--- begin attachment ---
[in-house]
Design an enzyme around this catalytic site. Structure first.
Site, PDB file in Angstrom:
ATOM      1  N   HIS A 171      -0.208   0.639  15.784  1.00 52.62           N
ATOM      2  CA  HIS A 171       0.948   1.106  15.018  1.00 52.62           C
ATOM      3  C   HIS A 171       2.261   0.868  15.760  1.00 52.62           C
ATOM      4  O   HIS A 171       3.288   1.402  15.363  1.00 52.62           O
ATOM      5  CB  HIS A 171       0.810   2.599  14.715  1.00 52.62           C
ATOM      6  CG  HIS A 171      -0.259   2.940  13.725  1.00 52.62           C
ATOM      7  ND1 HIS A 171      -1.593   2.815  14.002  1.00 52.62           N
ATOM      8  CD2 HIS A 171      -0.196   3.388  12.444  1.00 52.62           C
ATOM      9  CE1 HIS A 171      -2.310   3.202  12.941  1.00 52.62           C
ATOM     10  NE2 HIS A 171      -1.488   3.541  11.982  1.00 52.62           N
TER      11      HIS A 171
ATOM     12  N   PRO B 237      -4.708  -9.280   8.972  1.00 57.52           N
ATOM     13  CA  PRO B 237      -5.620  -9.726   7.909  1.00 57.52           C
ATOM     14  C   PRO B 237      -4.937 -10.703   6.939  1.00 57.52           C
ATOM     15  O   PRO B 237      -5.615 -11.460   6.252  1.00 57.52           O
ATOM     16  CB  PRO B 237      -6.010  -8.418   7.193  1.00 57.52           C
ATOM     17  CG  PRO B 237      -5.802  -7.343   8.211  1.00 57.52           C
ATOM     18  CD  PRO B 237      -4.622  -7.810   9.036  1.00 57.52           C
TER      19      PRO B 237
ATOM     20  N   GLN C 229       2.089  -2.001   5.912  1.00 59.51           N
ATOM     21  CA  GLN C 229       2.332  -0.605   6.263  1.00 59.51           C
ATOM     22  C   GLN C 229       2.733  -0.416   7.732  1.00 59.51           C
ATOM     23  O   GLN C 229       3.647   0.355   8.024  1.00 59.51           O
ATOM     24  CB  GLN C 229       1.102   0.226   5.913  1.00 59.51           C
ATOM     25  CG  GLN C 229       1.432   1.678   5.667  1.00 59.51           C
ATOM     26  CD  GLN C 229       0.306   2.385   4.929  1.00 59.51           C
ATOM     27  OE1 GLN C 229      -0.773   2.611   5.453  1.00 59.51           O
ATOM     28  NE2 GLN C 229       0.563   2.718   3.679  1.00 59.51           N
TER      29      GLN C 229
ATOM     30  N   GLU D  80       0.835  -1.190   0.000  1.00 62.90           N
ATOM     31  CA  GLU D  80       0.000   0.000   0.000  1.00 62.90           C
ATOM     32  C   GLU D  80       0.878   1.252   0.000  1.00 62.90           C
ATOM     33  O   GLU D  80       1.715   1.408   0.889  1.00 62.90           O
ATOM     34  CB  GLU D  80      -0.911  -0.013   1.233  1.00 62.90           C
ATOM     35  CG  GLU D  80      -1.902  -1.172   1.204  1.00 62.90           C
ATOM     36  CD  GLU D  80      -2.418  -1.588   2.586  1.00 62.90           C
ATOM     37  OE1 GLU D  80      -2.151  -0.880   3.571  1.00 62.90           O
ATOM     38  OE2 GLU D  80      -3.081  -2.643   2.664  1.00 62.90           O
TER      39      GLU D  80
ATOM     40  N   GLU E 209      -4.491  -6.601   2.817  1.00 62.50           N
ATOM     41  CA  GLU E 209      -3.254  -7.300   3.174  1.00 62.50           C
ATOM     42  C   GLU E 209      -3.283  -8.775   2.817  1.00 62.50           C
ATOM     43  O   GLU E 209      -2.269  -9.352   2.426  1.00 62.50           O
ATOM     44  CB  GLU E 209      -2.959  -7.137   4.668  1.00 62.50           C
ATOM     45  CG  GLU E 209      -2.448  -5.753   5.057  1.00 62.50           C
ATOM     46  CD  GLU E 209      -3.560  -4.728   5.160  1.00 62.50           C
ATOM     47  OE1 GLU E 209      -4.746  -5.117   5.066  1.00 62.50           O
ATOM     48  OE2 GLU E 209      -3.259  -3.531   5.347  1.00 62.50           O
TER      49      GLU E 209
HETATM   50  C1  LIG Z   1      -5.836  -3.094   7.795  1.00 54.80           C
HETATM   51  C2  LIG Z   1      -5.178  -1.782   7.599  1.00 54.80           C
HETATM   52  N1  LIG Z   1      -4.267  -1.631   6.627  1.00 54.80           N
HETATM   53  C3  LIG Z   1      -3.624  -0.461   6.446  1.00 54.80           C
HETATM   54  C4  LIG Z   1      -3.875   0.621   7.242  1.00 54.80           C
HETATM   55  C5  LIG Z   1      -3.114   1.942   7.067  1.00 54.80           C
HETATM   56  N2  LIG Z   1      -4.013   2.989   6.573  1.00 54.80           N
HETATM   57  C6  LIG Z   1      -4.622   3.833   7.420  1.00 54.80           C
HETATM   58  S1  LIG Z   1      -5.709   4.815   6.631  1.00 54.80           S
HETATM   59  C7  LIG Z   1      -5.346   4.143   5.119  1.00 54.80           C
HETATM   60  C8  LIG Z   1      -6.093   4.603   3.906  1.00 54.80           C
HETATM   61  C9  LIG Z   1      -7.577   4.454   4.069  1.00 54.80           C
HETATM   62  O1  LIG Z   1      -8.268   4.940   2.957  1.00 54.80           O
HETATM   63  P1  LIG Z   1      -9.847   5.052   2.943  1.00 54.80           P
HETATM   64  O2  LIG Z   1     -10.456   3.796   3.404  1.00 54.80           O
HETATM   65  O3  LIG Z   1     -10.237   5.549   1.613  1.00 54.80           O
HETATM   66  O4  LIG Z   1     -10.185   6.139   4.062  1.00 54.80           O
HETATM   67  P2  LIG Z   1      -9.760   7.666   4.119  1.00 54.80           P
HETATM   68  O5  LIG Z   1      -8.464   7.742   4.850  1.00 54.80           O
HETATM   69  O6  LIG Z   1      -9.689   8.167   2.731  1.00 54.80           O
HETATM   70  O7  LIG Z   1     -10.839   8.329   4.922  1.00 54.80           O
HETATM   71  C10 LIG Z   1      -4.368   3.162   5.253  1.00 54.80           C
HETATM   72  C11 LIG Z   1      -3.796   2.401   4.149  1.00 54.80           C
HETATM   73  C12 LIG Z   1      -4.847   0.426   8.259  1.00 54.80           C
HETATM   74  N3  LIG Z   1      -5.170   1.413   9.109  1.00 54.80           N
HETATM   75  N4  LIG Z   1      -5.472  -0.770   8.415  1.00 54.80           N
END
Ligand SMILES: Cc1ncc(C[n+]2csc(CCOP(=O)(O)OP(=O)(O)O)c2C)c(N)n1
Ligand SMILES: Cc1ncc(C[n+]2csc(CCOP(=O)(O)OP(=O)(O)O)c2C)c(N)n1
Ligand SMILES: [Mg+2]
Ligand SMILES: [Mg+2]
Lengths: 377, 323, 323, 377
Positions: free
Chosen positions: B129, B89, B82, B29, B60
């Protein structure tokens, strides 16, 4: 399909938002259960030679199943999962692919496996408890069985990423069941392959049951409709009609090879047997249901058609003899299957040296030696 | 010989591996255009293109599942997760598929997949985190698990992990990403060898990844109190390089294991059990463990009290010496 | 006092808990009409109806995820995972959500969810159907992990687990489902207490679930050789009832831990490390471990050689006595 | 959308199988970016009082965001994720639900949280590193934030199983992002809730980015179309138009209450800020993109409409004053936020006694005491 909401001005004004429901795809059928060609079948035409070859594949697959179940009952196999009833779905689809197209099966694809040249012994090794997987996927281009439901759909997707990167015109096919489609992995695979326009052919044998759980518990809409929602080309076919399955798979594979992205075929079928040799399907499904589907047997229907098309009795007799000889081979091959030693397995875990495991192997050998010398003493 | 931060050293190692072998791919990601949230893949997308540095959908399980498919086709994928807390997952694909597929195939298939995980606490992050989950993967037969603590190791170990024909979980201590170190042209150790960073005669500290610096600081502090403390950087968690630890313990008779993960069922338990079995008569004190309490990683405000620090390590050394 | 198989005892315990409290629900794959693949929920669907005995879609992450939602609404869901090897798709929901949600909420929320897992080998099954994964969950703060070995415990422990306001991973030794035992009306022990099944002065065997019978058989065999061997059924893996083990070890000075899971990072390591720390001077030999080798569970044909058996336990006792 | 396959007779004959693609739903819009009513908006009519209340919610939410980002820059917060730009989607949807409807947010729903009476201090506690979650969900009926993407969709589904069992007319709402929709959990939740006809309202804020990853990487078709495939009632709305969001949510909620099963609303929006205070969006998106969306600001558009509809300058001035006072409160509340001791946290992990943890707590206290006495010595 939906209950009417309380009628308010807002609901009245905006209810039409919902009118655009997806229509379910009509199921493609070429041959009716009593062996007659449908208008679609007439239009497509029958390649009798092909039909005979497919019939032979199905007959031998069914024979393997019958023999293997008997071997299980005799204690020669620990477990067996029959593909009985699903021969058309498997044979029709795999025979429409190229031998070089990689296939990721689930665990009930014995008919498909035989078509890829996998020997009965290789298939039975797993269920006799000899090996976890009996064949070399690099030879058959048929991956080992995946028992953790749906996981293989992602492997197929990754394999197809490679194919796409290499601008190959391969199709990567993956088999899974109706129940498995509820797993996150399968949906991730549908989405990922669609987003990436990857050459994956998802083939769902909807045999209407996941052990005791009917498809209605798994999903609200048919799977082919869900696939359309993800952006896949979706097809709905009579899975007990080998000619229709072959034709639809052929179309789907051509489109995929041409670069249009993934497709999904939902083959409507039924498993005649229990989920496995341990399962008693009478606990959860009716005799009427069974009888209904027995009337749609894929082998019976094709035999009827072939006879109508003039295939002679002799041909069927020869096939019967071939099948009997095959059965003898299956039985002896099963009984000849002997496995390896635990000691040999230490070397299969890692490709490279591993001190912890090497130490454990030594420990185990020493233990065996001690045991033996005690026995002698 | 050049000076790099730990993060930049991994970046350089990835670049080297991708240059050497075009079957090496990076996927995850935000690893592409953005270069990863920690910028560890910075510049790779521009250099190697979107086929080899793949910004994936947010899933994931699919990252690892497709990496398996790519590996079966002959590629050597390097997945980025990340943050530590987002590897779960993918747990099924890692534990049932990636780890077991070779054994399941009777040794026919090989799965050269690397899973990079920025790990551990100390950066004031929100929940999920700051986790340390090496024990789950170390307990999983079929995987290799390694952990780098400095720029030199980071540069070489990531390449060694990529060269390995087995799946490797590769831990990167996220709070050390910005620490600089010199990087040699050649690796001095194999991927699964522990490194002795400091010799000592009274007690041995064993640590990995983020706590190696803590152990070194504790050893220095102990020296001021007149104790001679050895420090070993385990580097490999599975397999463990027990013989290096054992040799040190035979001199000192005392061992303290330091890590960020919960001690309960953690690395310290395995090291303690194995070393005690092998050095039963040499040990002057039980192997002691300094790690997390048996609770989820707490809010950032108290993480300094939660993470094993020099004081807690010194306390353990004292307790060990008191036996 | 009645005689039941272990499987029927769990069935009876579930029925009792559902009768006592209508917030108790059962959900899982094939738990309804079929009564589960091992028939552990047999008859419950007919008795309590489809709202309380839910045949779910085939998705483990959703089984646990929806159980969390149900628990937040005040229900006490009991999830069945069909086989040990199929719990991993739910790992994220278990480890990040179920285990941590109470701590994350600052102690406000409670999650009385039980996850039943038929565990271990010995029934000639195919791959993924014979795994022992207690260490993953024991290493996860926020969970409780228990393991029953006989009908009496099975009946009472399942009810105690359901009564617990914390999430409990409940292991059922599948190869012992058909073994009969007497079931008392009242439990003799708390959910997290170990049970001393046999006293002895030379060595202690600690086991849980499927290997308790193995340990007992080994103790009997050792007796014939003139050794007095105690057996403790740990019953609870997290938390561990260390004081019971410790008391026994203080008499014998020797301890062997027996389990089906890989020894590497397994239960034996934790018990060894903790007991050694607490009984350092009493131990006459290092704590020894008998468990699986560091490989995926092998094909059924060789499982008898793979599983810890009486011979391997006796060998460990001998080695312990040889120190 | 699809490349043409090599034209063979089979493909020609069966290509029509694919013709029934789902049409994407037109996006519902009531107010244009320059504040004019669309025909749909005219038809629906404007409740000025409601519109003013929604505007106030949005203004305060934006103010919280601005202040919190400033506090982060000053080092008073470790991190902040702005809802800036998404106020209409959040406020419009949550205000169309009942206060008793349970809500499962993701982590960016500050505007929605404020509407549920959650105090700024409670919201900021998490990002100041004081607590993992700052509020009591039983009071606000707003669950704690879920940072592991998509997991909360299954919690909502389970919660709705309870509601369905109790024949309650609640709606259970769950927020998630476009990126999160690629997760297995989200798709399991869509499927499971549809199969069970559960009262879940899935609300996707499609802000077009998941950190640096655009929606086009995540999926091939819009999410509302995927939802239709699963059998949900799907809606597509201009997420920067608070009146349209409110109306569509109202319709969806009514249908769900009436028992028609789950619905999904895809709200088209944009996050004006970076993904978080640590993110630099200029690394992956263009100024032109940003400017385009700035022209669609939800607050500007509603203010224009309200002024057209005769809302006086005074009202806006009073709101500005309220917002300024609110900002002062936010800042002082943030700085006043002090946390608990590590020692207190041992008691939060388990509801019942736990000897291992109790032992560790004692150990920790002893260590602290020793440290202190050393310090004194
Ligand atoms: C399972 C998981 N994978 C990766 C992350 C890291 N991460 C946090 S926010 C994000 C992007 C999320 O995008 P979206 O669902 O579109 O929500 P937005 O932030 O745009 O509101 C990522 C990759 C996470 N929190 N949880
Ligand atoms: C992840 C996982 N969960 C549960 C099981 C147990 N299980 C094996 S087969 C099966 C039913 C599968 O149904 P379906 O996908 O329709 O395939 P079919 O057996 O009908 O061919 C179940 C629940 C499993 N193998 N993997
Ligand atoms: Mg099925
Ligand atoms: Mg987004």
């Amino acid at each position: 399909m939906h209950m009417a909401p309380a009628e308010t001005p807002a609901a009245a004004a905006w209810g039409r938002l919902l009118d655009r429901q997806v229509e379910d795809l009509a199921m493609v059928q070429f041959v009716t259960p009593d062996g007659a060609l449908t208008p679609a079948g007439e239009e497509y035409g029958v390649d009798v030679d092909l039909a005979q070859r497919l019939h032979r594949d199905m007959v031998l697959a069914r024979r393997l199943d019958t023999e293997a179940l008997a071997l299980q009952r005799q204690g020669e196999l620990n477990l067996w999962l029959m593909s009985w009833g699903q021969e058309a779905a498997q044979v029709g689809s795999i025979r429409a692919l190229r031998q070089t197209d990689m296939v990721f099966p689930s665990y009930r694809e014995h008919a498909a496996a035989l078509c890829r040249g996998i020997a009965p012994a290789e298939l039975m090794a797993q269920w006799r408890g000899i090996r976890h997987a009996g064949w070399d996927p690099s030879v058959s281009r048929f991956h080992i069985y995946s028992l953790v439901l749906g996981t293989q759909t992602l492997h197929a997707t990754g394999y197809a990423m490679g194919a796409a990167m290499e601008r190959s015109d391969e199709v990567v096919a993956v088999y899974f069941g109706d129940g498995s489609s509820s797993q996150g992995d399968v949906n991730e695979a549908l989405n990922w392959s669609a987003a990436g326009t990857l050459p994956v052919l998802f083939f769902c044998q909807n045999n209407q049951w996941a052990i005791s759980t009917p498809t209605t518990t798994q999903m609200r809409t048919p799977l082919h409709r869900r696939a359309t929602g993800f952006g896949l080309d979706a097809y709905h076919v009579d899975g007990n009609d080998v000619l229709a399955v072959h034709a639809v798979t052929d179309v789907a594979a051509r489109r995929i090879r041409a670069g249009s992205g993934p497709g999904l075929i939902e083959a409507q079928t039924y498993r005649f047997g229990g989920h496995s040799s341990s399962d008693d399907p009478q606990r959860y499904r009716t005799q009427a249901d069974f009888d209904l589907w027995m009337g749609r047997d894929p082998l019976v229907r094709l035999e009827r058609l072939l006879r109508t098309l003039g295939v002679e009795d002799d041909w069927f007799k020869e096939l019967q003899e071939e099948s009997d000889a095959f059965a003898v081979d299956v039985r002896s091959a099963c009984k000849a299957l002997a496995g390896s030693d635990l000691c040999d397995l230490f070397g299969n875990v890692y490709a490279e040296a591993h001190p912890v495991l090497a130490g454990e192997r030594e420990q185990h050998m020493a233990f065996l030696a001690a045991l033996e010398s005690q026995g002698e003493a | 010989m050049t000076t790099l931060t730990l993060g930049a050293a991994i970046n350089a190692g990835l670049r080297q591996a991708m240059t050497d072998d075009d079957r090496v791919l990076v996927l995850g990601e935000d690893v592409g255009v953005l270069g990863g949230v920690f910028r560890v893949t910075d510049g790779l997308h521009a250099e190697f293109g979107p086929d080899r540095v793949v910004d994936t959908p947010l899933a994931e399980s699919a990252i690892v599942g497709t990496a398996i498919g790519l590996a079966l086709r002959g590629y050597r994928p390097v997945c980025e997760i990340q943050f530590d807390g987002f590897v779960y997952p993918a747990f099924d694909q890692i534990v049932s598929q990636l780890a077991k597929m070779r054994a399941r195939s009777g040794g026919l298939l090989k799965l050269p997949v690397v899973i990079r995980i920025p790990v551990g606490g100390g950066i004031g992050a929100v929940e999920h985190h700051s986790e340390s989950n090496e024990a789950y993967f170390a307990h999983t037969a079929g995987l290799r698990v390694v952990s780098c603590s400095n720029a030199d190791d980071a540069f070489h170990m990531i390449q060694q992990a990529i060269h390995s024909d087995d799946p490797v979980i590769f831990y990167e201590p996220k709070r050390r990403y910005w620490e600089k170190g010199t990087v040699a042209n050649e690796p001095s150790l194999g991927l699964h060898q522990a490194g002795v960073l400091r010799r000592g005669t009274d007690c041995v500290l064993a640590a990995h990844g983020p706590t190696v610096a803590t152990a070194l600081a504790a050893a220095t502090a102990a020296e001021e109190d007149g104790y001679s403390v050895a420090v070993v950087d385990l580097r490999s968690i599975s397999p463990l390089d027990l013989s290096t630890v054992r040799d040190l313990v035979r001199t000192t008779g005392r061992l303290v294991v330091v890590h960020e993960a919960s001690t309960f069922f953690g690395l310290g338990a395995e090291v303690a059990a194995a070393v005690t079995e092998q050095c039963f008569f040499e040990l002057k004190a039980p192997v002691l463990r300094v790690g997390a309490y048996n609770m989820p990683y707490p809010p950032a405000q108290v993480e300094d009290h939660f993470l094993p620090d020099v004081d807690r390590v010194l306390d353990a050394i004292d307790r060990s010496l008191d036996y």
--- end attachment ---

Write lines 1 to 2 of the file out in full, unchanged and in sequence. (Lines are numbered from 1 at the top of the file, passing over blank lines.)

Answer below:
[in-house]
Design an enzyme around this catalytic site. Structure first.